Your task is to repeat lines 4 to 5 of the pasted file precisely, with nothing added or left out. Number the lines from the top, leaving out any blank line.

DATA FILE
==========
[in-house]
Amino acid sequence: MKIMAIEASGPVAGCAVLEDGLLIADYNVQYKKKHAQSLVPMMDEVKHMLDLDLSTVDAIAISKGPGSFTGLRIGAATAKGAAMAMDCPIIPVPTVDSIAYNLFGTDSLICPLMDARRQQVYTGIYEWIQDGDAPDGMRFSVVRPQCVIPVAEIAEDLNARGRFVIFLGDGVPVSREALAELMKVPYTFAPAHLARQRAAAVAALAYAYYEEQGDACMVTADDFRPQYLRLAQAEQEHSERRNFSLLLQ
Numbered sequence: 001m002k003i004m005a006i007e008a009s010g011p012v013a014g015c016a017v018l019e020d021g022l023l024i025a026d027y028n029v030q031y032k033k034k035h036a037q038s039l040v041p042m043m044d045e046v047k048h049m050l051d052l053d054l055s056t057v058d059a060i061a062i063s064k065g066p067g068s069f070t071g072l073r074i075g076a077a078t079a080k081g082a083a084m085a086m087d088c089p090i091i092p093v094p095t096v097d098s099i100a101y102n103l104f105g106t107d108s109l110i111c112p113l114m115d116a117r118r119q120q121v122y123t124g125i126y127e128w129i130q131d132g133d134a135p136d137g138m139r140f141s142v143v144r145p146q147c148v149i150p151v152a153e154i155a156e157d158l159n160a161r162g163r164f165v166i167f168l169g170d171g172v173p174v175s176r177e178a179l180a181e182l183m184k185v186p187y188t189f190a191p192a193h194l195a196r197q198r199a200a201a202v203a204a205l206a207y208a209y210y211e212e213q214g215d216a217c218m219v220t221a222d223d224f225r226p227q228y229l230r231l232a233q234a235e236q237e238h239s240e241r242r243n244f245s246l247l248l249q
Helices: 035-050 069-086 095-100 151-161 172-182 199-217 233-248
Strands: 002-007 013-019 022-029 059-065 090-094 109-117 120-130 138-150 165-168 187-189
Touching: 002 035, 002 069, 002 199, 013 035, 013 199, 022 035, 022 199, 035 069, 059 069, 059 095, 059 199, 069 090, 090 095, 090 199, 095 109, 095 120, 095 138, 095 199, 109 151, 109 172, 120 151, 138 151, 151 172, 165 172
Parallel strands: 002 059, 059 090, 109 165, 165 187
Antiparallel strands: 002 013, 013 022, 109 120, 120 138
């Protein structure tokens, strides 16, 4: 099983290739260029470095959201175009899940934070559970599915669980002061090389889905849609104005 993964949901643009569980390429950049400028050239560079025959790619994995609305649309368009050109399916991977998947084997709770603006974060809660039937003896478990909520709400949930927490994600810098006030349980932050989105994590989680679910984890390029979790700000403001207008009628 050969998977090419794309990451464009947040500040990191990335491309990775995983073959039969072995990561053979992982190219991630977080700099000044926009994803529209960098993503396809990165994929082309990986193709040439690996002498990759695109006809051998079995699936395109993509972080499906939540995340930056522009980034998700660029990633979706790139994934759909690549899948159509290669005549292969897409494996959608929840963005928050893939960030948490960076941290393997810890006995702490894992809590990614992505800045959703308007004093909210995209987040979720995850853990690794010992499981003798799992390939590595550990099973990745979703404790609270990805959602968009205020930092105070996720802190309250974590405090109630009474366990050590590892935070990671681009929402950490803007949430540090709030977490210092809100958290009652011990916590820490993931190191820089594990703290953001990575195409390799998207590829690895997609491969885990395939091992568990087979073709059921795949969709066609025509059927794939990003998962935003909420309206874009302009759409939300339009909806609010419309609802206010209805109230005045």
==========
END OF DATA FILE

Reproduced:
Helices: 035-050 069-086 095-100 151-161 172-182 199-217 233-248
Strands: 002-007 013-019 022-029 059-065 090-094 109-117 120-130 138-150 165-168 187-189